Tuesday, February 16, 2016

Quaternion IMU Drift Compensation: Magnetometer

  One of the most important sensors on a vehicle that needs to navigate between physical locations is a magnetometer.  Like a person who uses a compass for land navigation, the magnetometer provides a static reference toward magnetic north allowing for movement in a desired direction.  The information from this sensor comes in the the form of 3 orthogonal values that give a representation of the magnetic field surrounding it.  In the following post I will explain its benefits, its challenges and how I use it in my complementary filter.

Basic Function

  As I noted in my introduction, the magnetometer provides a static reference towards magnetic north.  This allows us to cancel the gyro drift that accumulates in the yaw direction.  In addition to correcting for drift, it also allows us to be able to navigate with a GPS once we add that to the system as it provides a reference direction to allow us to determine which way to move if the GPS indicates we are out of position.


  Below are some of the challenges of dealing with an magnetometer on a flying vehicle.  I will give a short description of each and how they effect the usability of the sensor.  There are a number of good articles on each of these items already available on the web, but this is a quick overview to help present the issues involved.


  This is the angle that the magnetic field in your area points into or out of the ground.  In most places on the earth, this component of the magnetic field is much stronger than the component that points north.  In my area (Minnesota, USA), this points into the ground at over an 70 degree angle.  This vertical component of the magnetic field must be eliminated before computing the yaw error to prevent this inclination from producing erroneous corrections.


  This is the angle difference between true north and magnetic north.  If all that is desired is countering yaw  drift, then it can be ignored.  Even though the vector does not point toward true north, it will consistently point in a single direction allowing gyro drift to be eliminated.
  If it is important to know where true north is, then it must be manually compensate for.  I go to this link to determine the declination close to where I will be flying.  NOAA Magnetic Declination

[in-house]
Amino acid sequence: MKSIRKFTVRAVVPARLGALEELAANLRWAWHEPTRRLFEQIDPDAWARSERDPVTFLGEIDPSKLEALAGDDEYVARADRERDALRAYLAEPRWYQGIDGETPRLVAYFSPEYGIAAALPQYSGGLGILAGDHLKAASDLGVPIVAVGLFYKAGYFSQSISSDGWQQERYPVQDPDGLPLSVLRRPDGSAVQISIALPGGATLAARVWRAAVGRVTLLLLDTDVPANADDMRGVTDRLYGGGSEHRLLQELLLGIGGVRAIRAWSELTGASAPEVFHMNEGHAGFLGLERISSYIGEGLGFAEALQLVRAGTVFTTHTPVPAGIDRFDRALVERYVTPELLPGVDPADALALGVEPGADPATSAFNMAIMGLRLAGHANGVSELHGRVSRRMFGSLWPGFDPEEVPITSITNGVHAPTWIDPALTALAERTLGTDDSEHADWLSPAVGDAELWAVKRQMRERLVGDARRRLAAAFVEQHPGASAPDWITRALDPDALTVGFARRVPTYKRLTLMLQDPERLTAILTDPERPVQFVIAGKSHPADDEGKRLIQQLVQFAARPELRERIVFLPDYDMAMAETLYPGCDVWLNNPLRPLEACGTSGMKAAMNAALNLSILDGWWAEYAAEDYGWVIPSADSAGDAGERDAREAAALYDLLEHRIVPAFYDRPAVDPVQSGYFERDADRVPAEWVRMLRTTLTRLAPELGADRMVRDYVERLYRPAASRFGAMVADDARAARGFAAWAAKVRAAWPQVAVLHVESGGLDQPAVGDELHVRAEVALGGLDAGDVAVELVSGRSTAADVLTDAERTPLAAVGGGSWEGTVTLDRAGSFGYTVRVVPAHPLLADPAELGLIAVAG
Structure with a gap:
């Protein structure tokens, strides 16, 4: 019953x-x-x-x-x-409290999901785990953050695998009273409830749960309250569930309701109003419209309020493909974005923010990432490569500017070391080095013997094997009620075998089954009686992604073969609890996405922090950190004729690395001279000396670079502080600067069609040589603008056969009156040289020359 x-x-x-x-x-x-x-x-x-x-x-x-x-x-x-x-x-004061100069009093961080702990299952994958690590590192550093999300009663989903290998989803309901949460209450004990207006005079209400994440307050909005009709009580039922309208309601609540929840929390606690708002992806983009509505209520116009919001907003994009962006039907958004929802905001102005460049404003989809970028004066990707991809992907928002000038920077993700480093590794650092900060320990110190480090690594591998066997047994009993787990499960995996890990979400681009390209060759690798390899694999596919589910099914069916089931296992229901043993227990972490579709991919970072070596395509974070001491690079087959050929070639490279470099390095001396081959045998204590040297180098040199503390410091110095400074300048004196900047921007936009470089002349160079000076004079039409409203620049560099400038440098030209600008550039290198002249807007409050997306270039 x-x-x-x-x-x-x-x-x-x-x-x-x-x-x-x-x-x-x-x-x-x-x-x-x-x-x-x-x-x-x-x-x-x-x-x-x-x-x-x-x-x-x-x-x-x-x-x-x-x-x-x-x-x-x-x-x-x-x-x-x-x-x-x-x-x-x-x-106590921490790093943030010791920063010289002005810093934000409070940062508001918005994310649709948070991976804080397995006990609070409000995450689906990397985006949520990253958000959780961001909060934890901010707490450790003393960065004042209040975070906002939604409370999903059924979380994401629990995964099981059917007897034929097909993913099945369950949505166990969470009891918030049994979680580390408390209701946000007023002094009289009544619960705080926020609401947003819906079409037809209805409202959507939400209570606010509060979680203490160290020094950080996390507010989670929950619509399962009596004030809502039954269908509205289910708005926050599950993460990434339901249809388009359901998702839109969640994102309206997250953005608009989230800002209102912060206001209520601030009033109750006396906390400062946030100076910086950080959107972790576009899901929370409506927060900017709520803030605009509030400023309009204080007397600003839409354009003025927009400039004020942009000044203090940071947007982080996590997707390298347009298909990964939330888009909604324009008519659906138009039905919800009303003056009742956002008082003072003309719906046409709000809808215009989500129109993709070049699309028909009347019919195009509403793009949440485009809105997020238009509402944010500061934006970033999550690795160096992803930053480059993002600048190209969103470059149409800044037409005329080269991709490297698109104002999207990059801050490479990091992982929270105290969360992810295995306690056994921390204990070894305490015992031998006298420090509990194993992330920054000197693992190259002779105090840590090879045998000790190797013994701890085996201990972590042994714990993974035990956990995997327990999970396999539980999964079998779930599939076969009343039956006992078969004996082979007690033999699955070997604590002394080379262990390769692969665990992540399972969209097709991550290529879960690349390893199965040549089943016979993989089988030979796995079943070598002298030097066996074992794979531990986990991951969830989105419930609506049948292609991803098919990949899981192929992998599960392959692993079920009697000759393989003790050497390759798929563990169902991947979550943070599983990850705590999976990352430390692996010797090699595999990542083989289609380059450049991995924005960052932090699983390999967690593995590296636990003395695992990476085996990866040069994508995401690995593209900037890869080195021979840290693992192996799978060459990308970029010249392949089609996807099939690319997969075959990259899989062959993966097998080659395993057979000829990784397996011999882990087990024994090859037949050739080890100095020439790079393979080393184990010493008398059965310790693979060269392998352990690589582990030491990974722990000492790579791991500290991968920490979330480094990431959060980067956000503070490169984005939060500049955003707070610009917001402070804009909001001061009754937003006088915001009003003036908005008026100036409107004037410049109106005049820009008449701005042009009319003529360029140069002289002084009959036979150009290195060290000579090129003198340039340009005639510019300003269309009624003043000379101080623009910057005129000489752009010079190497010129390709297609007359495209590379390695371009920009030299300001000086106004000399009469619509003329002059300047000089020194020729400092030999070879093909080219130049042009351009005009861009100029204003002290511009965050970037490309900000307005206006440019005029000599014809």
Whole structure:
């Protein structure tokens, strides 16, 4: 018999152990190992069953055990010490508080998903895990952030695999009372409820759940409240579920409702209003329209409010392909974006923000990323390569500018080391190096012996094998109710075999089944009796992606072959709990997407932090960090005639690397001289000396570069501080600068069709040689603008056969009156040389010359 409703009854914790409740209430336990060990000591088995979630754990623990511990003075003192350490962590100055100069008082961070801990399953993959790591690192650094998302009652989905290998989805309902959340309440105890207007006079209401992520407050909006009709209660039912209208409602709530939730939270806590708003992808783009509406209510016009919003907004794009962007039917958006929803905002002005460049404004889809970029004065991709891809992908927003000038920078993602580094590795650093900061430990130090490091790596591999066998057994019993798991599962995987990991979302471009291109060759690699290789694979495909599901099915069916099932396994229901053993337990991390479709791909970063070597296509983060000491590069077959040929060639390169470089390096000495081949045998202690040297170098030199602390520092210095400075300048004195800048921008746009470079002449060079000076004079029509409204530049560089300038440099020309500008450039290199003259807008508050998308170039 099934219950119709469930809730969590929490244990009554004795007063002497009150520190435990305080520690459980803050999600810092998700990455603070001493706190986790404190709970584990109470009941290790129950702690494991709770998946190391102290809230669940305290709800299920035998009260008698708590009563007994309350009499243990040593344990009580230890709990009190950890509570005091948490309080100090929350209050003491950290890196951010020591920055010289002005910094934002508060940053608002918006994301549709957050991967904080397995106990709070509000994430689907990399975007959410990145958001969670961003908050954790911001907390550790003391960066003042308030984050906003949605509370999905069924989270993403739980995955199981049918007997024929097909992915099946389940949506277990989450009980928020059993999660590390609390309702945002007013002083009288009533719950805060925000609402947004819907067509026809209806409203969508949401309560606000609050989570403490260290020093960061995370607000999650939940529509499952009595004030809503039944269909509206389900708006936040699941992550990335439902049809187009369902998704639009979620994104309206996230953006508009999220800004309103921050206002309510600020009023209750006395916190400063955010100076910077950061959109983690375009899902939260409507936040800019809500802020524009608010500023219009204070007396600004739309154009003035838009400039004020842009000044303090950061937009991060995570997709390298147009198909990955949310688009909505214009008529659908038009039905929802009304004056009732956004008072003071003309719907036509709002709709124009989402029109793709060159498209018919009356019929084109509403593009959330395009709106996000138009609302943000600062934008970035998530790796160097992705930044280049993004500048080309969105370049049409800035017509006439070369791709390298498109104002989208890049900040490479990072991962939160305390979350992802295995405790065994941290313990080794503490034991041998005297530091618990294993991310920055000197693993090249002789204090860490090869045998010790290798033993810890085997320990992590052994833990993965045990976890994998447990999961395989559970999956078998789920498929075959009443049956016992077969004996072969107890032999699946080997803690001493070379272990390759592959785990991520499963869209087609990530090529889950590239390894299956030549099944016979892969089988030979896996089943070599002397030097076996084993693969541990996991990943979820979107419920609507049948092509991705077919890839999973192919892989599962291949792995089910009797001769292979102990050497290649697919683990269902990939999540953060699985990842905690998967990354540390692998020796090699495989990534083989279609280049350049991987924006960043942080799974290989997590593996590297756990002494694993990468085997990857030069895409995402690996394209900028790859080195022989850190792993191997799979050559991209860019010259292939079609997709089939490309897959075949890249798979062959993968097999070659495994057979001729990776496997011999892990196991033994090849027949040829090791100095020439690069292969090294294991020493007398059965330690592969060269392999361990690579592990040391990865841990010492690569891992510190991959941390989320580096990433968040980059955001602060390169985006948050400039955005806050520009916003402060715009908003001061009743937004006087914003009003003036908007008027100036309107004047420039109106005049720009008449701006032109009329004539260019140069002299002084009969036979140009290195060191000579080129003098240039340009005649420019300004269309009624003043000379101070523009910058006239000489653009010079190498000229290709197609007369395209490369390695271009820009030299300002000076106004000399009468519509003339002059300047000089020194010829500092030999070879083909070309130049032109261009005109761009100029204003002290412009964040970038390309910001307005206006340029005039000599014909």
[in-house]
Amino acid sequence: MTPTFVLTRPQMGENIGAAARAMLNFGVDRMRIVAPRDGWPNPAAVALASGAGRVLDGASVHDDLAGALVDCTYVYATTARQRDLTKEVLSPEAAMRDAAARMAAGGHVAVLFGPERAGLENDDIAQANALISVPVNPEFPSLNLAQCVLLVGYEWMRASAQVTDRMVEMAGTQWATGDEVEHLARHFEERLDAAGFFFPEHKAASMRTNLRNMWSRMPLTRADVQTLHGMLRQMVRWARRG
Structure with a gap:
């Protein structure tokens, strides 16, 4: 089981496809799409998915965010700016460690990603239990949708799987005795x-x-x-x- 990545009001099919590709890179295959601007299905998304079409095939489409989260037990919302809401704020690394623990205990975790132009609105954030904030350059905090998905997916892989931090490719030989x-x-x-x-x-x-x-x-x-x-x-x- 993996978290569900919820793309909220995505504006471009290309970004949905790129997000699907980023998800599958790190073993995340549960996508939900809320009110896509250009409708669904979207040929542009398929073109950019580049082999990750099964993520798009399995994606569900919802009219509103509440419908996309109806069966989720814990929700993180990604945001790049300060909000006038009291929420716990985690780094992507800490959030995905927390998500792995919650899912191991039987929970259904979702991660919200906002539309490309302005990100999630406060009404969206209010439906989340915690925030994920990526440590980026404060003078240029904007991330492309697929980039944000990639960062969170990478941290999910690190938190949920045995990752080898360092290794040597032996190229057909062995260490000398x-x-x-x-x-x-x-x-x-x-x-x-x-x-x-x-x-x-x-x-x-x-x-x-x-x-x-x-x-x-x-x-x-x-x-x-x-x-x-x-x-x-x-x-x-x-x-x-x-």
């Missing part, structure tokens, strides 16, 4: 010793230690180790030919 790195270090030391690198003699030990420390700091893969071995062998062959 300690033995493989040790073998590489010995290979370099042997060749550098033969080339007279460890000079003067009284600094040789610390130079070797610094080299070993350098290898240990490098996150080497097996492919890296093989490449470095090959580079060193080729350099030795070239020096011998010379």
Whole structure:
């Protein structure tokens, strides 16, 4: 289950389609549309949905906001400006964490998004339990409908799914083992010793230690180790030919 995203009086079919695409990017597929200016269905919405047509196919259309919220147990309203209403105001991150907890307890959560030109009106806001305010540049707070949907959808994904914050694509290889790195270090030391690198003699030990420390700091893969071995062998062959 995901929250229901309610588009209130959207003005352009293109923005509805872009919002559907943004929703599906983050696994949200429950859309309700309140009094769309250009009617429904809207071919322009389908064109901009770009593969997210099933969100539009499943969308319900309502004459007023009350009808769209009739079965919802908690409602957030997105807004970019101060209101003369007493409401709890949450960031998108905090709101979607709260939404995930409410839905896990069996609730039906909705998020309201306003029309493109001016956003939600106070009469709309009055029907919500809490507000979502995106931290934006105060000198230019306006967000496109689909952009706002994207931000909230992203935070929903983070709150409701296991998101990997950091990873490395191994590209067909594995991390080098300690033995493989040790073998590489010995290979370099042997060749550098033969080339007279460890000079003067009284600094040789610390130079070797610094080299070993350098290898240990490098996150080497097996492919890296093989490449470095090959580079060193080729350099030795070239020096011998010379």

Hard Iron Effects

  This is an distortion of the magnetic field that results from the the magnetometer itself or other objects that are stationary to the sensor even when it is moving.  This may include items that are magnetized.  This usually looks like an offset in the results where pointing one direction gives a different magnitude result than pointing 180 degrees offset.  This can be visualized as an offset of the data where rotating the sensor in a circle results in a circle of data that has a center point offset from the origin.  This can be eliminated by adding bias offsets to the sensor results that brings the data to origin.  This is critical in almost all magnetometers to get data that is usable. 

Soft Iron Effects

  This is an distortion of the magnetic field around the sensor that varies with orientation.  It can be caused by objects very near the sensor that bend the magnetic field, such as ferrous materials.  When viewing data from a magnetometer that is effected by soft iron effects, it will often make an ellipsoidal shape when viewed in 3D.  If this effect is minor and the application is non-critical, it may be ignored.  In cases where higher accuracy is desired, a large number of points can be gathered and used to create a 3x3 rotation matrix that will transform the ellipsoidal shape to a sphere.  In many cases this can be ignored if perfect accuracy is not needed and the distortion effect is minor.  

Varying Effects

  Items on an aircraft that generate magnetic fields can be problematic for the sensor.  Wires from the batteries will create magnetic fields that vary with current draw.  Electronic speed controls emit a large amount of electromagnetic noise.  Motors are basically a magnetometers nightmare with very powerful permanent magnets and coils that generate fields that vary with motor load and wires that generate fields which also vary with load and RPM.  Electronic noise generated by one device and travel in the power wires that supply the sensor and effect its readings.  These items can be addressed with a number of measures:

  1. Physical separation --  Keep the magnetometer away from magnets, high current wires, and ESCs.  The effect of these sources drops by the inverse square of the distance.  This is why it is common to mount the magnetometer on the GPS board and put them on a post above the flying machine (or in the case of the DJI Phantom and 3DR Sole, in the one of the legs far below the drone).  Moving the sensor that is 1" away from a noise source to 4" away reduces the effect of the noise by roughly 16x.
  2. Add shielding to noisy devices and wires.